Being a leader in the locker room can be a challenging task for a young person. Some of it may be God-given, but most of the qualities that make a good leader can be learned.
One of the most important traits of a good leader is accountability.
The rules of accountability are pretty straightforward: when you mess up, be the one who messed up! Don't try to turn the blame on anyone else, especially when it's your fault, but sometimes even when it isn't.
I have learned that when you are accountable, teammates will follow your lead.
I recall a time during my quarterback-playing years at Penn State, when I threw an interception late in the fourth quarter that cost us a game. The receiver broke out when he was supposed to break in. The only people who knew he messed up were the receiver, the offensive coordinator and me.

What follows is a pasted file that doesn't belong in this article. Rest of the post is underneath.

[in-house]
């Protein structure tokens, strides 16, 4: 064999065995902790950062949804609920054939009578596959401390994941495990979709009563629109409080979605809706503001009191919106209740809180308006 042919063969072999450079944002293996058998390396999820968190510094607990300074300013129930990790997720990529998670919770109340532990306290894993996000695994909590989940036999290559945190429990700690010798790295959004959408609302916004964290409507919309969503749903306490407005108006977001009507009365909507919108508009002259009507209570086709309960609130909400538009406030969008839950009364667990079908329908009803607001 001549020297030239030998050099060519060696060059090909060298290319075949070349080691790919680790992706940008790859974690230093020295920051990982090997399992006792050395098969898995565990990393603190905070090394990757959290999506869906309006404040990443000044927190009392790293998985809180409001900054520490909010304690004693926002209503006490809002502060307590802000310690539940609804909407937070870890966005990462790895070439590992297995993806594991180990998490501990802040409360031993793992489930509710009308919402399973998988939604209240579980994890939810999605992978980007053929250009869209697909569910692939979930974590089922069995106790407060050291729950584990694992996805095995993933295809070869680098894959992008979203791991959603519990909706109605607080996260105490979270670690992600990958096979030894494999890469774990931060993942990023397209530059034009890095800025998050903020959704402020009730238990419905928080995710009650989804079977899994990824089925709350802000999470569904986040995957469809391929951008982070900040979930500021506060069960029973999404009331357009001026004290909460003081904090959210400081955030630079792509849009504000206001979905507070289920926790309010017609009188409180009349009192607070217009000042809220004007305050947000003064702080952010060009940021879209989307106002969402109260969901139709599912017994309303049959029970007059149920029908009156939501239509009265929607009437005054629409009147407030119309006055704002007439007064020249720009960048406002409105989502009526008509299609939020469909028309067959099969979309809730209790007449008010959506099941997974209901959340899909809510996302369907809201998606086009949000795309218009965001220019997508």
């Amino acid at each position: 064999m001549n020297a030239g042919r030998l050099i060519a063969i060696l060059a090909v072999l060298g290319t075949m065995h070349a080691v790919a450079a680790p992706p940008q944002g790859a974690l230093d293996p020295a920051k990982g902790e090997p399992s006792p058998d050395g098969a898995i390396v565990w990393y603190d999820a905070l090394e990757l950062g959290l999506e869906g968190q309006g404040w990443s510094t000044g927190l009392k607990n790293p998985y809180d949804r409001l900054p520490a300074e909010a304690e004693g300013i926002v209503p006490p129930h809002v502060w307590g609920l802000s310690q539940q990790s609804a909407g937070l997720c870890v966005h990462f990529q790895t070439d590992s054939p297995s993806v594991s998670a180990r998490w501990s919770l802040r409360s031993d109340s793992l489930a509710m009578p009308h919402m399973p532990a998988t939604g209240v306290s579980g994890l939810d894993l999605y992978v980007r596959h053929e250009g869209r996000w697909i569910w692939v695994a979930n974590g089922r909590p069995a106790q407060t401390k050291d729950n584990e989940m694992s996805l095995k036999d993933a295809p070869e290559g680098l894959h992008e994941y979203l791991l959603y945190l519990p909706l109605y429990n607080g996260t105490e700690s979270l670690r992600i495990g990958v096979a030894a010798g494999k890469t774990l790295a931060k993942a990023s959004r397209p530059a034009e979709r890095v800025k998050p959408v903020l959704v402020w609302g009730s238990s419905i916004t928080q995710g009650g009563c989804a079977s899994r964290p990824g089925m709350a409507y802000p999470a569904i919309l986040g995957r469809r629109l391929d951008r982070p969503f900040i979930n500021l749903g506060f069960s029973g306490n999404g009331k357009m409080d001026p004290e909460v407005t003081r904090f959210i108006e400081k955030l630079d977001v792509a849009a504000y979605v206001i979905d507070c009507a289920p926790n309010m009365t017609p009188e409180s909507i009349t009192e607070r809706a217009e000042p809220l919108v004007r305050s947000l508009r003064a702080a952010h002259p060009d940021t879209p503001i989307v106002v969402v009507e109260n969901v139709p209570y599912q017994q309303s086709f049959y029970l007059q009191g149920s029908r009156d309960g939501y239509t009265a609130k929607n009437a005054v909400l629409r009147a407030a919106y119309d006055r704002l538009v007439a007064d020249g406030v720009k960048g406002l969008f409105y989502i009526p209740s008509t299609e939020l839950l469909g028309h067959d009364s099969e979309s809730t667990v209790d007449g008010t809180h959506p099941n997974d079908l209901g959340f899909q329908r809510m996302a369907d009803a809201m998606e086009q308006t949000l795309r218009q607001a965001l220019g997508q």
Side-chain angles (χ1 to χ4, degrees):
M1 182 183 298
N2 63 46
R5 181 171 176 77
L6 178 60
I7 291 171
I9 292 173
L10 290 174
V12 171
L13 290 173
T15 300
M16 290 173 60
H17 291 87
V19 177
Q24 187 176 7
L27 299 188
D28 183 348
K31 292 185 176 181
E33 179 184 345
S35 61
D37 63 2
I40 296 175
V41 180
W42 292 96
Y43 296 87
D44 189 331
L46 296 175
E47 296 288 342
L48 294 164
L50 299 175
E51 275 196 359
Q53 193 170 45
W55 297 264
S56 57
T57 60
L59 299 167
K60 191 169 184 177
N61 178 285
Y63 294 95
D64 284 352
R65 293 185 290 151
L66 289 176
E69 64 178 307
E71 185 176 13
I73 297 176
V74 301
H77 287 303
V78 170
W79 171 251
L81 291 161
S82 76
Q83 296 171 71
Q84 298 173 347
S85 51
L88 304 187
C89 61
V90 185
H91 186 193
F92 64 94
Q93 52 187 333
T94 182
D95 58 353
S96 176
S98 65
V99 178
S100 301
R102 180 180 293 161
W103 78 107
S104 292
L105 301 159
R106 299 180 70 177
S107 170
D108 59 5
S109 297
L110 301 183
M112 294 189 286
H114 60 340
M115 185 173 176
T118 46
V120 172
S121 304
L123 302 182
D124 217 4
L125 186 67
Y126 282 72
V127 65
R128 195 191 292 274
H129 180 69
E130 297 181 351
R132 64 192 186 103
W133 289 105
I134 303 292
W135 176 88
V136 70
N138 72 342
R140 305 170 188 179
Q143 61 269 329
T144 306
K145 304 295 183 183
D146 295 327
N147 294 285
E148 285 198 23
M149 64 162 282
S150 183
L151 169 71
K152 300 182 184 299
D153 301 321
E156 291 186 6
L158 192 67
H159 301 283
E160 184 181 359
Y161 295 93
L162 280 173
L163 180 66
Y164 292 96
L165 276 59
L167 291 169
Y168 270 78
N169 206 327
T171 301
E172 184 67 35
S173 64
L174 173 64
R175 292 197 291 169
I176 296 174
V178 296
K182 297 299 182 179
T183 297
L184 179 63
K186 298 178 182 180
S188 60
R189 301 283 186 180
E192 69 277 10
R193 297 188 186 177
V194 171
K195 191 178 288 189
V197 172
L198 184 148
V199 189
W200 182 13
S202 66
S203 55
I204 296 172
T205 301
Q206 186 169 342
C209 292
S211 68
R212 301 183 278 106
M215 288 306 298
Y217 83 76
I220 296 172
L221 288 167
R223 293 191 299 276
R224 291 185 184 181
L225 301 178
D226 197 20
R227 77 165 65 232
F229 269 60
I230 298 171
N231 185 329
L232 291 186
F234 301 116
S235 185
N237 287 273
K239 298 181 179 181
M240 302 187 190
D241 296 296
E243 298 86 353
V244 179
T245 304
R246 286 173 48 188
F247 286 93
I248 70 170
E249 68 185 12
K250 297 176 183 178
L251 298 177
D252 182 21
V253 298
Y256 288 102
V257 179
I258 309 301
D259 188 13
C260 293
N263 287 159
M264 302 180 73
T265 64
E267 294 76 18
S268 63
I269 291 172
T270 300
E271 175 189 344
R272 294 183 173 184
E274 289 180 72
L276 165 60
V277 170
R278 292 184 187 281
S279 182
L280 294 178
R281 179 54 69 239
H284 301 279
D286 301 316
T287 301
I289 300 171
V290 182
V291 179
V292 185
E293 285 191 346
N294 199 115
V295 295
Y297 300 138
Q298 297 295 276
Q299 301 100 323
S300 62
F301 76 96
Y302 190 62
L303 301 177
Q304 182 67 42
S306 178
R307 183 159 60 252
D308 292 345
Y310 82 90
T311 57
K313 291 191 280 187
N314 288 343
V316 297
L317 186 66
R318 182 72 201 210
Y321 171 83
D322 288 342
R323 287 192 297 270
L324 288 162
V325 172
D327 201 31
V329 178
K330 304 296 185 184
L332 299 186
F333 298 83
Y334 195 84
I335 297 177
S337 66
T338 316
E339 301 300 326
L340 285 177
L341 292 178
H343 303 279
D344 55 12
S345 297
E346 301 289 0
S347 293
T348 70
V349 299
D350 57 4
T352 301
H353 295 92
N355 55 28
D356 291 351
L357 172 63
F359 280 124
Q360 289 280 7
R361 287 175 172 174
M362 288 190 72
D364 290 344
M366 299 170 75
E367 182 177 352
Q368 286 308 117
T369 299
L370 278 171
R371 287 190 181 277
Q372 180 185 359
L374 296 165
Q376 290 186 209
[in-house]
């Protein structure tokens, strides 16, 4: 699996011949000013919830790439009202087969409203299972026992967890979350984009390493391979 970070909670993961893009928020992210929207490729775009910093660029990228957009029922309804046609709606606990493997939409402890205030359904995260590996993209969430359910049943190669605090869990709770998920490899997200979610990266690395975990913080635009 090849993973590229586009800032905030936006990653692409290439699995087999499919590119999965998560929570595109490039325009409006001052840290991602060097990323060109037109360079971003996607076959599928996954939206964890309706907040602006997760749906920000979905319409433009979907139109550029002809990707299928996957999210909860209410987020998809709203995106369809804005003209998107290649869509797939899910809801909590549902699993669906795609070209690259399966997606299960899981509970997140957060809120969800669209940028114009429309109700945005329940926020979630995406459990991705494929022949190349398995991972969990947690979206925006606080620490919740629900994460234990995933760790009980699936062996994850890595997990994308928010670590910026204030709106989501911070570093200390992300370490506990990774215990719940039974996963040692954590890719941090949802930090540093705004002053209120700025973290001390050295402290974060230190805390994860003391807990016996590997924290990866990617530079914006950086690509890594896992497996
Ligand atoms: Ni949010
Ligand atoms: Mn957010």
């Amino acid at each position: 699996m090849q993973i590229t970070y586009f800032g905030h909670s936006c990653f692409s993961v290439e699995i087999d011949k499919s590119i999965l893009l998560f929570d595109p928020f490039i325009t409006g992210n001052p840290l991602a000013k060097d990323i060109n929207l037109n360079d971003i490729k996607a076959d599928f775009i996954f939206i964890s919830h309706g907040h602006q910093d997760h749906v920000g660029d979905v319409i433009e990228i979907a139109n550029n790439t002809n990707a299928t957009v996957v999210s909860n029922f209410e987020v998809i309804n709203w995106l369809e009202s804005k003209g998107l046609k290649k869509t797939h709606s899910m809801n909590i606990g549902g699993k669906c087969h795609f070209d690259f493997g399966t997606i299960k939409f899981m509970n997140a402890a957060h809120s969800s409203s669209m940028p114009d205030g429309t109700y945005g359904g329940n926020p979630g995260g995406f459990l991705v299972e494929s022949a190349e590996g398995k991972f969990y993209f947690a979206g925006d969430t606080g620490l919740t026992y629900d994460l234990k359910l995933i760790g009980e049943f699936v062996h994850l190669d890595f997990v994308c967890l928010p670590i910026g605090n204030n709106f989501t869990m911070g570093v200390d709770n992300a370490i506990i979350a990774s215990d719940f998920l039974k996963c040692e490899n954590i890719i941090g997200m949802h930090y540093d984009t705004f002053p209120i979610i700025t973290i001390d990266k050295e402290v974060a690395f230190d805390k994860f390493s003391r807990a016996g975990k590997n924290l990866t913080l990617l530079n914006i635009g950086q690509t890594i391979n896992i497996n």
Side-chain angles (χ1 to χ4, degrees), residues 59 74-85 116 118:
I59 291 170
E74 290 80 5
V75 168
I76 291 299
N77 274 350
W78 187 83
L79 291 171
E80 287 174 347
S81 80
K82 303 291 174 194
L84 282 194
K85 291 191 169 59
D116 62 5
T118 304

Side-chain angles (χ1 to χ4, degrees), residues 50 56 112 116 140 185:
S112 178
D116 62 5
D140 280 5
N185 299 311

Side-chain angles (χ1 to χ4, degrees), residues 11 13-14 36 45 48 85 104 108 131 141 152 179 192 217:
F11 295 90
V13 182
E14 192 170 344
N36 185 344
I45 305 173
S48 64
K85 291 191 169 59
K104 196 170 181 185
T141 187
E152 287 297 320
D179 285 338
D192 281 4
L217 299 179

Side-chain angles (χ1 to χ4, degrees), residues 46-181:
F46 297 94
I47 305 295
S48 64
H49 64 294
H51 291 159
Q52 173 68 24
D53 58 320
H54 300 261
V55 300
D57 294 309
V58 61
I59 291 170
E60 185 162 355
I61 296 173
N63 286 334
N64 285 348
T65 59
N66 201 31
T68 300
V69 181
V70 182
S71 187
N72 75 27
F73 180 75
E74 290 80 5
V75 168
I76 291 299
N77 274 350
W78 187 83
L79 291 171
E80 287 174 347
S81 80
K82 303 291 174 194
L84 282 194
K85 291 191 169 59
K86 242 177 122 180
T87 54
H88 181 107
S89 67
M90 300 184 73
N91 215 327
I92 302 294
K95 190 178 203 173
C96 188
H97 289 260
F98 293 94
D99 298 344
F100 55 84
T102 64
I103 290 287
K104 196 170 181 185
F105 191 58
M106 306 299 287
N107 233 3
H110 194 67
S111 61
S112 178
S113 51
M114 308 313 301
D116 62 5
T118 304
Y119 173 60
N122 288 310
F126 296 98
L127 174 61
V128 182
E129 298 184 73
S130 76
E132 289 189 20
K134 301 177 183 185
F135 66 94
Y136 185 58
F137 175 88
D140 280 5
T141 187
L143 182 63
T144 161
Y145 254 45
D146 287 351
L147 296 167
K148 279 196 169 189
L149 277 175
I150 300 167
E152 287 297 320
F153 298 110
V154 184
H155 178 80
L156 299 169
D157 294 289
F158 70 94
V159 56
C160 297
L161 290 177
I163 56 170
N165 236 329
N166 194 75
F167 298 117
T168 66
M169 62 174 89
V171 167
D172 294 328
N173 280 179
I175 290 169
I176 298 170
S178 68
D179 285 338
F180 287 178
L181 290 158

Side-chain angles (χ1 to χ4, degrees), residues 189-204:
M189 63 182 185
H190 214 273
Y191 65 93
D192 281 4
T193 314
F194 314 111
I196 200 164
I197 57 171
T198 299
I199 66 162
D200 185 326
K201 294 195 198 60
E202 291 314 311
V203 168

When I walked into the media room after the game, the reporters jumped all over me. At that moment, I had to make a choice whether to throw my receiver under the bus or take the blame for losing the game.
Knowing that no one felt worse about the mistake than the receiver, I decided to take the blame. I earned respect from him and others on the team, which words cannot explain. The result: my teammates worked harder to cover for my mistakes throughout the rest of the season.
There are many ways to be a leader—on your team and in life. I have touched on just a few of the ones that helped me gain the respect of my teammates. It takes hard work, genuine love for your teammates and a shared belief in the ultimate goal—to win!
Read the Rest of Michael Robinson's Series on Leadership
Photo: Penn State Athletic Communications
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